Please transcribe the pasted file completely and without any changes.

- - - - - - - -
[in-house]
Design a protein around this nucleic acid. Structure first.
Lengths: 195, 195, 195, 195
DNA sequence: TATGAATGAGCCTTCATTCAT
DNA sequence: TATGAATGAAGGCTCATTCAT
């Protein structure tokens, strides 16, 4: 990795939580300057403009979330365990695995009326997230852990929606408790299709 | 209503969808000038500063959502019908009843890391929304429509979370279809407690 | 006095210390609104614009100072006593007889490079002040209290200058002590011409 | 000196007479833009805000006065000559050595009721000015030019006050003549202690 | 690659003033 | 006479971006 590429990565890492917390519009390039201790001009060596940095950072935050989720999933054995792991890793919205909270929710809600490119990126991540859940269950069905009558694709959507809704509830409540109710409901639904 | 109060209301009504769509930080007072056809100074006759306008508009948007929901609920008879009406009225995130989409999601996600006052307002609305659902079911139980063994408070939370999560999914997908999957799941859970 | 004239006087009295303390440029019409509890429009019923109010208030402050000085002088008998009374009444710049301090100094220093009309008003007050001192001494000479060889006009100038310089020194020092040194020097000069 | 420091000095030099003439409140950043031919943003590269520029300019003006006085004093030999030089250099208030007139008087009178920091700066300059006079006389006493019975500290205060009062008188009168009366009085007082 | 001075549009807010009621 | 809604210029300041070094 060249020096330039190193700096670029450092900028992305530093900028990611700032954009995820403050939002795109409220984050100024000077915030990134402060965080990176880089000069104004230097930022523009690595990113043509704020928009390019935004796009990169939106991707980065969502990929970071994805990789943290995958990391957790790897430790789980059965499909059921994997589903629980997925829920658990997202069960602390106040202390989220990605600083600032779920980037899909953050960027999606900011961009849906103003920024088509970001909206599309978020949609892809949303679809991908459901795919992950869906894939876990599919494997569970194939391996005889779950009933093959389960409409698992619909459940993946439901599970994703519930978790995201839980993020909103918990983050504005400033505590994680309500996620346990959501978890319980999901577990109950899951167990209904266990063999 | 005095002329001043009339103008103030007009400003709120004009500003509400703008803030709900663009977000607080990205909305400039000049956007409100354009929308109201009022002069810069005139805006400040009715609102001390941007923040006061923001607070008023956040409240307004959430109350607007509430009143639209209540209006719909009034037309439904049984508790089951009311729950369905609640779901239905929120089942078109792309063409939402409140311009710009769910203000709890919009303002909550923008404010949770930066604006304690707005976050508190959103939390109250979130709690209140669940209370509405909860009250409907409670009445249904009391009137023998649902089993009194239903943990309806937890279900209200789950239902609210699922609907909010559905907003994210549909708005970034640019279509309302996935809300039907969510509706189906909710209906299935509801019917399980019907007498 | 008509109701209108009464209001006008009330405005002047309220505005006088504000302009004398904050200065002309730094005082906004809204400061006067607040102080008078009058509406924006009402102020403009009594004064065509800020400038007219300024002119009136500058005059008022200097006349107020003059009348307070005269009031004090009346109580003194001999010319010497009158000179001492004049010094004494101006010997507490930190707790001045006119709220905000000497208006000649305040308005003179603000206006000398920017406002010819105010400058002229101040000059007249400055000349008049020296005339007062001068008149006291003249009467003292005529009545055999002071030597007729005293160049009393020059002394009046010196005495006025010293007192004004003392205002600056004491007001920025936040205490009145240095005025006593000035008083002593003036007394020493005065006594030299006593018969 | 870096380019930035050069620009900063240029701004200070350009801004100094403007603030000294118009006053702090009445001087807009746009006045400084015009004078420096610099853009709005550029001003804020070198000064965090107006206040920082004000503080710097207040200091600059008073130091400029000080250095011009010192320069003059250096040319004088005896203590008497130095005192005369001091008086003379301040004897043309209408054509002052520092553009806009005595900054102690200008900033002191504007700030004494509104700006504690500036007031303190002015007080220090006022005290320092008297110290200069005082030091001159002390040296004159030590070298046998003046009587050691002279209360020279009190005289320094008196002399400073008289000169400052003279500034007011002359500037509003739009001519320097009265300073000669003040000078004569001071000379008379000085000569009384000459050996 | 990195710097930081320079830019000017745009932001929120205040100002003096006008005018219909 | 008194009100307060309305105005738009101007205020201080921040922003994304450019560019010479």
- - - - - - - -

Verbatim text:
[in-house]
Design a protein around this nucleic acid. Structure first.
Lengths: 195, 195, 195, 195
DNA sequence: TATGAATGAGCCTTCATTCAT
DNA sequence: TATGAATGAAGGCTCATTCAT
């Protein structure tokens, strides 16, 4: 990795939580300057403009979330365990695995009326997230852990929606408790299709 | 209503969808000038500063959502019908009843890391929304429509979370279809407690 | 006095210390609104614009100072006593007889490079002040209290200058002590011409 | 000196007479833009805000006065000559050595009721000015030019006050003549202690 | 690659003033 | 006479971006 590429990565890492917390519009390039201790001009060596940095950072935050989720999933054995792991890793919205909270929710809600490119990126991540859940269950069905009558694709959507809704509830409540109710409901639904 | 109060209301009504769509930080007072056809100074006759306008508009948007929901609920008879009406009225995130989409999601996600006052307002609305659902079911139980063994408070939370999560999914997908999957799941859970 | 004239006087009295303390440029019409509890429009019923109010208030402050000085002088008998009374009444710049301090100094220093009309008003007050001192001494000479060889006009100038310089020194020092040194020097000069 | 420091000095030099003439409140950043031919943003590269520029300019003006006085004093030999030089250099208030007139008087009178920091700066300059006079006389006493019975500290205060009062008188009168009366009085007082 | 001075549009807010009621 | 809604210029300041070094 060249020096330039190193700096670029450092900028992305530093900028990611700032954009995820403050939002795109409220984050100024000077915030990134402060965080990176880089000069104004230097930022523009690595990113043509704020928009390019935004796009990169939106991707980065969502990929970071994805990789943290995958990391957790790897430790789980059965499909059921994997589903629980997925829920658990997202069960602390106040202390989220990605600083600032779920980037899909953050960027999606900011961009849906103003920024088509970001909206599309978020949609892809949303679809991908459901795919992950869906894939876990599919494997569970194939391996005889779950009933093959389960409409698992619909459940993946439901599970994703519930978790995201839980993020909103918990983050504005400033505590994680309500996620346990959501978890319980999901577990109950899951167990209904266990063999 | 005095002329001043009339103008103030007009400003709120004009500003509400703008803030709900663009977000607080990205909305400039000049956007409100354009929308109201009022002069810069005139805006400040009715609102001390941007923040006061923001607070008023956040409240307004959430109350607007509430009143639209209540209006719909009034037309439904049984508790089951009311729950369905609640779901239905929120089942078109792309063409939402409140311009710009769910203000709890919009303002909550923008404010949770930066604006304690707005976050508190959103939390109250979130709690209140669940209370509405909860009250409907409670009445249904009391009137023998649902089993009194239903943990309806937890279900209200789950239902609210699922609907909010559905907003994210549909708005970034640019279509309302996935809300039907969510509706189906909710209906299935509801019917399980019907007498 | 008509109701209108009464209001006008009330405005002047309220505005006088504000302009004398904050200065002309730094005082906004809204400061006067607040102080008078009058509406924006009402102020403009009594004064065509800020400038007219300024002119009136500058005059008022200097006349107020003059009348307070005269009031004090009346109580003194001999010319010497009158000179001492004049010094004494101006010997507490930190707790001045006119709220905000000497208006000649305040308005003179603000206006000398920017406002010819105010400058002229101040000059007249400055000349008049020296005339007062001068008149006291003249009467003292005529009545055999002071030597007729005293160049009393020059002394009046010196005495006025010293007192004004003392205002600056004491007001920025936040205490009145240095005025006593000035008083002593003036007394020493005065006594030299006593018969 | 870096380019930035050069620009900063240029701004200070350009801004100094403007603030000294118009006053702090009445001087807009746009006045400084015009004078420096610099853009709005550029001003804020070198000064965090107006206040920082004000503080710097207040200091600059008073130091400029000080250095011009010192320069003059250096040319004088005896203590008497130095005192005369001091008086003379301040004897043309209408054509002052520092553009806009005595900054102690200008900033002191504007700030004494509104700006504690500036007031303190002015007080220090006022005290320092008297110290200069005082030091001159002390040296004159030590070298046998003046009587050691002279209360020279009190005289320094008196002399400073008289000169400052003279500034007011002359500037509003739009001519320097009265300073000669003040000078004569001071000379008379000085000569009384000459050996 | 990195710097930081320079830019000017745009932001929120205040100002003096006008005018219909 | 008194009100307060309305105005738009101007205020201080921040922003994304450019560019010479």